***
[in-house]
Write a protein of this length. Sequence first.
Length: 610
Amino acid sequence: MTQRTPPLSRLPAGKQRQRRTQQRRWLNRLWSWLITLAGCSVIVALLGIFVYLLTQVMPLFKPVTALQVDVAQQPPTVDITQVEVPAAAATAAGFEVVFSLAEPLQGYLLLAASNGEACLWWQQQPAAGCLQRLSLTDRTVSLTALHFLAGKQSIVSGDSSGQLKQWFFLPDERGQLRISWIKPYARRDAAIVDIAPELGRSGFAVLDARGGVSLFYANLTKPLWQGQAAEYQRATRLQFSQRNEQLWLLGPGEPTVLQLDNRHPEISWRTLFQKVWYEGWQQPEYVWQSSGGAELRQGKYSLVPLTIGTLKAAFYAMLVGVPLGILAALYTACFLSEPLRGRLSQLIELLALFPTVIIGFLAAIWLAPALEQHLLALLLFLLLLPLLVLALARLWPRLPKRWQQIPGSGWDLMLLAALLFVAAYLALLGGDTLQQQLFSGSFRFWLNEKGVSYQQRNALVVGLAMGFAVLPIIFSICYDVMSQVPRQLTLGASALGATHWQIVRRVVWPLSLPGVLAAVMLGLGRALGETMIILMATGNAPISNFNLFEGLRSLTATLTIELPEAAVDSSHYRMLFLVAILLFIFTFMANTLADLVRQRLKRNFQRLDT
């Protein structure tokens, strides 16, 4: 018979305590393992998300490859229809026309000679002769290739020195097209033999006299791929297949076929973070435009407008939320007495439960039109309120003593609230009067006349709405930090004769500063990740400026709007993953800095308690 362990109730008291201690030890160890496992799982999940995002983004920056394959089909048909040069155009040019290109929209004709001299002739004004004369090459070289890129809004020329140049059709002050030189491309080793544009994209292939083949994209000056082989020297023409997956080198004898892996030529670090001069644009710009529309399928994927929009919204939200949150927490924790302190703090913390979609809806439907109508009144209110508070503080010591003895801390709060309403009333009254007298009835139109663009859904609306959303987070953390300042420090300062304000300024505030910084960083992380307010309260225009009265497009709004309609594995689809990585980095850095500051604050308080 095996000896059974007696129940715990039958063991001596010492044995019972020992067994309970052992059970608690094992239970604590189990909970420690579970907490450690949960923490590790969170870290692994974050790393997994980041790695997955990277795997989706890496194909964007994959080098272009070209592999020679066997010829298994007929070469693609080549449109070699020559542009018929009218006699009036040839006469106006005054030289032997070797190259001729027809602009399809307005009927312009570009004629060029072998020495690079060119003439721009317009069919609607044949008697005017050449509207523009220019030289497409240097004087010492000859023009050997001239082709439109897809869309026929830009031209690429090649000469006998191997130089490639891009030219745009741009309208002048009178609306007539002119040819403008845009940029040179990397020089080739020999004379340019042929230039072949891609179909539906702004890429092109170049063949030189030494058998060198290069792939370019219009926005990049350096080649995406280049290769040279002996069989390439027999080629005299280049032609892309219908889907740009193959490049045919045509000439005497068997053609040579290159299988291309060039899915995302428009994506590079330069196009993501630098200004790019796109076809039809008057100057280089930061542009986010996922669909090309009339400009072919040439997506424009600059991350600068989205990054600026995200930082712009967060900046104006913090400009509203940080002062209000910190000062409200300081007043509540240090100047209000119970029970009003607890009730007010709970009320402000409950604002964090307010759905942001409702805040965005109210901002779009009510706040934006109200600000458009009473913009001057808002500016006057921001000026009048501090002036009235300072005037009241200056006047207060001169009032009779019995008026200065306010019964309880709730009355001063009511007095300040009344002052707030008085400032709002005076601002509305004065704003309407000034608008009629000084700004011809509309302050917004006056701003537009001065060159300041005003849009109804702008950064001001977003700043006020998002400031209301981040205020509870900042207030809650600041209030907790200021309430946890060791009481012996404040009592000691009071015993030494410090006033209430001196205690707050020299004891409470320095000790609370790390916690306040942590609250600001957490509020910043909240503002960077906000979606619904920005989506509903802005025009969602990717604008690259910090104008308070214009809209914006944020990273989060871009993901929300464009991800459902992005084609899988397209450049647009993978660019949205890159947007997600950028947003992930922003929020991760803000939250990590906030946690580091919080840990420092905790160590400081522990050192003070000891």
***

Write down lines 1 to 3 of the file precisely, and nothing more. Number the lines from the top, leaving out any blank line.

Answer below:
[in-house]
Write a protein of this length. Sequence first.
Length: 610